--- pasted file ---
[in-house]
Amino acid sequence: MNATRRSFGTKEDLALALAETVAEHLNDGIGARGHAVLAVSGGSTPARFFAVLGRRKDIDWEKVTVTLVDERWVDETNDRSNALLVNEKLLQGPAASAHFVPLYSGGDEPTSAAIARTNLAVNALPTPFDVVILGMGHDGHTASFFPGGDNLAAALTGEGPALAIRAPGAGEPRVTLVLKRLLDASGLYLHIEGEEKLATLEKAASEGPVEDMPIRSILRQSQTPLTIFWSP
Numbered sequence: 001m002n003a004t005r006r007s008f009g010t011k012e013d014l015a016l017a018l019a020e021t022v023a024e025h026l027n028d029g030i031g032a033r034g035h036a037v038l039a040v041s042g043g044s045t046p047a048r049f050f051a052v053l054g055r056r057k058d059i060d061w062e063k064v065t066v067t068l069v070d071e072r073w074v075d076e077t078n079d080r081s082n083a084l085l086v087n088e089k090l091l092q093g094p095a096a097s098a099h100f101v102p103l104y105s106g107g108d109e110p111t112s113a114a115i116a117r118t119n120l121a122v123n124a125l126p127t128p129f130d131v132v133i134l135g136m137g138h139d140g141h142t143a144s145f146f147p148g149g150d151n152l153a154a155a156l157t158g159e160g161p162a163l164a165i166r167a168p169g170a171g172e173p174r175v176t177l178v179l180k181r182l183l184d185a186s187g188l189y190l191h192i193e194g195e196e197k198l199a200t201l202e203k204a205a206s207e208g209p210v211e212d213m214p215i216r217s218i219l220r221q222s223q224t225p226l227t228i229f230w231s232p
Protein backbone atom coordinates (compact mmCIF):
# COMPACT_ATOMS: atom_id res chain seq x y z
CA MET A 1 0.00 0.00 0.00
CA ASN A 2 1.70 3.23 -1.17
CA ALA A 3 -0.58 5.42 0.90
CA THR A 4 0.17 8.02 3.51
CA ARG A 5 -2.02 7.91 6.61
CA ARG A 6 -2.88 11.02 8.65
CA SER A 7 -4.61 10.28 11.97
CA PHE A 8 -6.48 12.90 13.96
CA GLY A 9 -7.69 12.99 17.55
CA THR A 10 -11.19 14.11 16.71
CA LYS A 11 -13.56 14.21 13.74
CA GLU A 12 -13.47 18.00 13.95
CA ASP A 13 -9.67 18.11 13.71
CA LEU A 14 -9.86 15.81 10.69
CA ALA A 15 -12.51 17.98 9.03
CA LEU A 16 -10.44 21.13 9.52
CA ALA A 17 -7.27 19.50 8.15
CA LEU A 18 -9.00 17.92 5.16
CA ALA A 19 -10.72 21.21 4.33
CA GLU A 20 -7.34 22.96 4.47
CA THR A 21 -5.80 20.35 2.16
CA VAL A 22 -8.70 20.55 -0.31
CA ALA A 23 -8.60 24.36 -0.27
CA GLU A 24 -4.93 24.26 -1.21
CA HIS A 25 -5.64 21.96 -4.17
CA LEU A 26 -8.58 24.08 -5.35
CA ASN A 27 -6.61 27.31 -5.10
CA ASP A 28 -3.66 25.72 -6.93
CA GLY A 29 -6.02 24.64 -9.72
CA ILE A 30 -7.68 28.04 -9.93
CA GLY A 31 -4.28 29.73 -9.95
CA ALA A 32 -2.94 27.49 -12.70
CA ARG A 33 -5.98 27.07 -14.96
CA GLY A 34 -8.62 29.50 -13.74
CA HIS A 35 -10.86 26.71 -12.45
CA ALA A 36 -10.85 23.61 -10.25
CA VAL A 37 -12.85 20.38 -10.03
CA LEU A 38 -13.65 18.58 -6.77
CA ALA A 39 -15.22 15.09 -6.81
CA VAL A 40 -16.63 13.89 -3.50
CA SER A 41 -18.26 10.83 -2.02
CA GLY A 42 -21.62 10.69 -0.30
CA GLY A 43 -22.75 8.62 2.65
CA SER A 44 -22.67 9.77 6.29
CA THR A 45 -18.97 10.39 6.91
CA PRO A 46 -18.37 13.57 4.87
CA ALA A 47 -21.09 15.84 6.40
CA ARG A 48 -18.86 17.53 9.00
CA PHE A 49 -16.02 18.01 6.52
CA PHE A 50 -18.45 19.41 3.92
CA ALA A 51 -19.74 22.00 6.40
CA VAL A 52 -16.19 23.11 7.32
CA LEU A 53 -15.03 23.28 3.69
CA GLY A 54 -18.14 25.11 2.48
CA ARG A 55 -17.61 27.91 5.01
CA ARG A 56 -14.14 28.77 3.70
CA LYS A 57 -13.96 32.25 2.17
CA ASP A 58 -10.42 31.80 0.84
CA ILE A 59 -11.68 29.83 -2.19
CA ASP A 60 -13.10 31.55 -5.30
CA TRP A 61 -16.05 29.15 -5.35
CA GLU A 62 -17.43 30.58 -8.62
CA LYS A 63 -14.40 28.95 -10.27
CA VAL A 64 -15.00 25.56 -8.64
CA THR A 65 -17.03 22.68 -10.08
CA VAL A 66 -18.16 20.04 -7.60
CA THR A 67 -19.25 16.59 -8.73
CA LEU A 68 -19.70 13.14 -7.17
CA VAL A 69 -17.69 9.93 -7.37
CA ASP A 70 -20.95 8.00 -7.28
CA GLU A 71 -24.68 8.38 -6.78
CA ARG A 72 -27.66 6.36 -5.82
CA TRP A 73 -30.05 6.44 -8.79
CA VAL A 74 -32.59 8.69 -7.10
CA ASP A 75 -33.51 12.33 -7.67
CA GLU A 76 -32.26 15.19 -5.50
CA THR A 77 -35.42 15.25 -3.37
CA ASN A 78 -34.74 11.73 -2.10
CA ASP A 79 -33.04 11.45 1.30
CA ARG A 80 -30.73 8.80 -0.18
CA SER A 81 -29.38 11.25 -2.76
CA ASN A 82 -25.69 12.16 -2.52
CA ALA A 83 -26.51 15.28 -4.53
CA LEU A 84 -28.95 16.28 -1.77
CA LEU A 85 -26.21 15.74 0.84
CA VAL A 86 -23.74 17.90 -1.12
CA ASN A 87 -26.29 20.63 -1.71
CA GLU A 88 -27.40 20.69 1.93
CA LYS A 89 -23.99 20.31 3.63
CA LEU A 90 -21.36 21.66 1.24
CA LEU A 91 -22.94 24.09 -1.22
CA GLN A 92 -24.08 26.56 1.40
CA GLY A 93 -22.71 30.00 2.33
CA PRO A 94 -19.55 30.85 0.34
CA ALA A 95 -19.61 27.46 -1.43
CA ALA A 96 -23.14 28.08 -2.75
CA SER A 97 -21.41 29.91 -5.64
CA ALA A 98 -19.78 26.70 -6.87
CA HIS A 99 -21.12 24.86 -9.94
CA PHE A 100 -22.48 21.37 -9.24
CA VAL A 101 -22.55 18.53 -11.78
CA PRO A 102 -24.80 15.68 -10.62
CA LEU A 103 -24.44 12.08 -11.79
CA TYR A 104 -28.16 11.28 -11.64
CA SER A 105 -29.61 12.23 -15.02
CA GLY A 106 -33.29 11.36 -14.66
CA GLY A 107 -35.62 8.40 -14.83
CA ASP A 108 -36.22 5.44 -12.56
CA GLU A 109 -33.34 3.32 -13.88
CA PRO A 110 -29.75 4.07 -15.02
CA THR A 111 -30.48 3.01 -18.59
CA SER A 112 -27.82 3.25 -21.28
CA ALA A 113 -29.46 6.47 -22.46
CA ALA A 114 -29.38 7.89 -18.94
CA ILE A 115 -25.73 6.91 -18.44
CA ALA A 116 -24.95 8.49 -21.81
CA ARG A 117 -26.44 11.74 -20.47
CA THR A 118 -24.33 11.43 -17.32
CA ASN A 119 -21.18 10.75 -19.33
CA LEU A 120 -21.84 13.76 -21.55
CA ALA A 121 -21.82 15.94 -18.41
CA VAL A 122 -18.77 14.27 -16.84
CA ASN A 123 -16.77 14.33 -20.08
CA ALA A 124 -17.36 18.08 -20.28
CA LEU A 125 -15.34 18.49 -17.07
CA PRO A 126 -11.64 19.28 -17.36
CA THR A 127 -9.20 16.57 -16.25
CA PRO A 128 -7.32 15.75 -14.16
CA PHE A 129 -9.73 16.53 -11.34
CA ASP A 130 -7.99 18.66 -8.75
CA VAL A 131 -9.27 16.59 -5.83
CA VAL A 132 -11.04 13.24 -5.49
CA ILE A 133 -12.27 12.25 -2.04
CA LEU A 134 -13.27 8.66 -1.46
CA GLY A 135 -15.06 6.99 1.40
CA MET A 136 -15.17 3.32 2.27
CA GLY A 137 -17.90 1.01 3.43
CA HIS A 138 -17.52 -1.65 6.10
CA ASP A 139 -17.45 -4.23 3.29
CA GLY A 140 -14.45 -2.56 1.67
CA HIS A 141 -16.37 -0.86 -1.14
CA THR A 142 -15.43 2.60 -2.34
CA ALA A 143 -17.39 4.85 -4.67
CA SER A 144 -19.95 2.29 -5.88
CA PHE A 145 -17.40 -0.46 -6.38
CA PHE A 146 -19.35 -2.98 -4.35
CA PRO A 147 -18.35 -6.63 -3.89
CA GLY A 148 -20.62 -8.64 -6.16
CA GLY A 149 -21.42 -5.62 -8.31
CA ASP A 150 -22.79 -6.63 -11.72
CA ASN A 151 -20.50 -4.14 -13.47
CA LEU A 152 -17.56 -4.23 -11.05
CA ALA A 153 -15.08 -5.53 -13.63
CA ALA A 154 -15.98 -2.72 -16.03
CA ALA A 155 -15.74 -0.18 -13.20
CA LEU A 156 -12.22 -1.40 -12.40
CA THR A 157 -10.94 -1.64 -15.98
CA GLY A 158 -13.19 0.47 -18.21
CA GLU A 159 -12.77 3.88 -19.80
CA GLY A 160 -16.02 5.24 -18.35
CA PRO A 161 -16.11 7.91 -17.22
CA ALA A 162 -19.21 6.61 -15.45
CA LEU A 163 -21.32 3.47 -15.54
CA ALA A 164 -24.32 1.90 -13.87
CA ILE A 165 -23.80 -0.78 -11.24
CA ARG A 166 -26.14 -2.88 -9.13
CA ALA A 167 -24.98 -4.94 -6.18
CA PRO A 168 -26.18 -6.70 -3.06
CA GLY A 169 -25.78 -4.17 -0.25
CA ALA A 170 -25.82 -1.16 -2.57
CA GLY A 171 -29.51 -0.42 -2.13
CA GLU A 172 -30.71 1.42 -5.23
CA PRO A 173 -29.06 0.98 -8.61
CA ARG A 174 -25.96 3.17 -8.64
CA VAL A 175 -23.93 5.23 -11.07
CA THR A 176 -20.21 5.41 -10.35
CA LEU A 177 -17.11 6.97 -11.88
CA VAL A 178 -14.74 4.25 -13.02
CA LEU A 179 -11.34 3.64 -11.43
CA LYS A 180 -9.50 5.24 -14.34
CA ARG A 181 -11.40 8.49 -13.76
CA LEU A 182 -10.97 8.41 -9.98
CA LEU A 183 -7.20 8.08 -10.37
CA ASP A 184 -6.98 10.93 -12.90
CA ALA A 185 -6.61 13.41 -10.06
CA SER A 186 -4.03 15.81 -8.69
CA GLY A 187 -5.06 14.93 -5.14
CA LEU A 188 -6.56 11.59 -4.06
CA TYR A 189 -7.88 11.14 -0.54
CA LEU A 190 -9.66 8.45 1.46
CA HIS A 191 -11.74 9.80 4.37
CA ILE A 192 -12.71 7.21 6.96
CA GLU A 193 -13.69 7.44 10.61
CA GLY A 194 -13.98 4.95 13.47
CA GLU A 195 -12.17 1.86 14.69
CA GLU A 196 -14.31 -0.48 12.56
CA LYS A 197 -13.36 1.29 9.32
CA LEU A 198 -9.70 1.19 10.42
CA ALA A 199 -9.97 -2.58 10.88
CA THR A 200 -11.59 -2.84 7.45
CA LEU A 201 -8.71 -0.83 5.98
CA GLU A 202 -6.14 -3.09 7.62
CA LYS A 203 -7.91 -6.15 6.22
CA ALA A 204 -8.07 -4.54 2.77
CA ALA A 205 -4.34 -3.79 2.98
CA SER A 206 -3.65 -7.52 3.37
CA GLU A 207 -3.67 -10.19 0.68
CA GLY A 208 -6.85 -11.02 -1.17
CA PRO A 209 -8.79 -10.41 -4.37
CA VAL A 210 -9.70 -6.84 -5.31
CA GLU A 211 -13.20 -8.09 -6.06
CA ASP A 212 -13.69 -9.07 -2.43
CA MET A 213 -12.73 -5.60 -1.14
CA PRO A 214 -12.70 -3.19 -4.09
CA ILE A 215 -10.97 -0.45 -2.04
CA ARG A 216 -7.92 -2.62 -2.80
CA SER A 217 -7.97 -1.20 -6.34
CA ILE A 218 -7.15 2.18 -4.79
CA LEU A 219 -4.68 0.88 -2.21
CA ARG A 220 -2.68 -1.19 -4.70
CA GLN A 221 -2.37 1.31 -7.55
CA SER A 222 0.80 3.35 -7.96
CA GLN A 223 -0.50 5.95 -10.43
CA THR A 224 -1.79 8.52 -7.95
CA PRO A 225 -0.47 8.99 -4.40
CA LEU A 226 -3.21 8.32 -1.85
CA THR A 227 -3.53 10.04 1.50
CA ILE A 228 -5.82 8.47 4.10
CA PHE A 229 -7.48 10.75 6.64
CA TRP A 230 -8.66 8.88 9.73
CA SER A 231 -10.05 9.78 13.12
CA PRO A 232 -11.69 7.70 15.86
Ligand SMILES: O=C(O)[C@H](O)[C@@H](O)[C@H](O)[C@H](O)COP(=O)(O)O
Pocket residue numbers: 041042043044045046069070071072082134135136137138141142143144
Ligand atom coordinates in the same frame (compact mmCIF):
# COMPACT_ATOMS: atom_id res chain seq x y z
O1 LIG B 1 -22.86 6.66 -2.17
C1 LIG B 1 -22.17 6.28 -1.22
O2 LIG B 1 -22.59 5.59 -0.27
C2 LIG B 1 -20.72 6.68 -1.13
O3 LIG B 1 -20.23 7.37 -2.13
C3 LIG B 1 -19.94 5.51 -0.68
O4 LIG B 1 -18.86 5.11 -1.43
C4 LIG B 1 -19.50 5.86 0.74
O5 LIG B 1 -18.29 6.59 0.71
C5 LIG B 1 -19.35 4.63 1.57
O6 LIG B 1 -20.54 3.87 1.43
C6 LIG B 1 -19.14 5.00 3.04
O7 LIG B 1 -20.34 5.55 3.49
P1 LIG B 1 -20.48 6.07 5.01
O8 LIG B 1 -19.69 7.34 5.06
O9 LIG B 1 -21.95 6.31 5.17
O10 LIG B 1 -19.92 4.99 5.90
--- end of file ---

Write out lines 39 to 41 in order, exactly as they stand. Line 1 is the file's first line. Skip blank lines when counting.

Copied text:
CA GLY A 34 -8.62 29.50 -13.74
CA HIS A 35 -10.86 26.71 -12.45
CA ALA A 36 -10.85 23.61 -10.25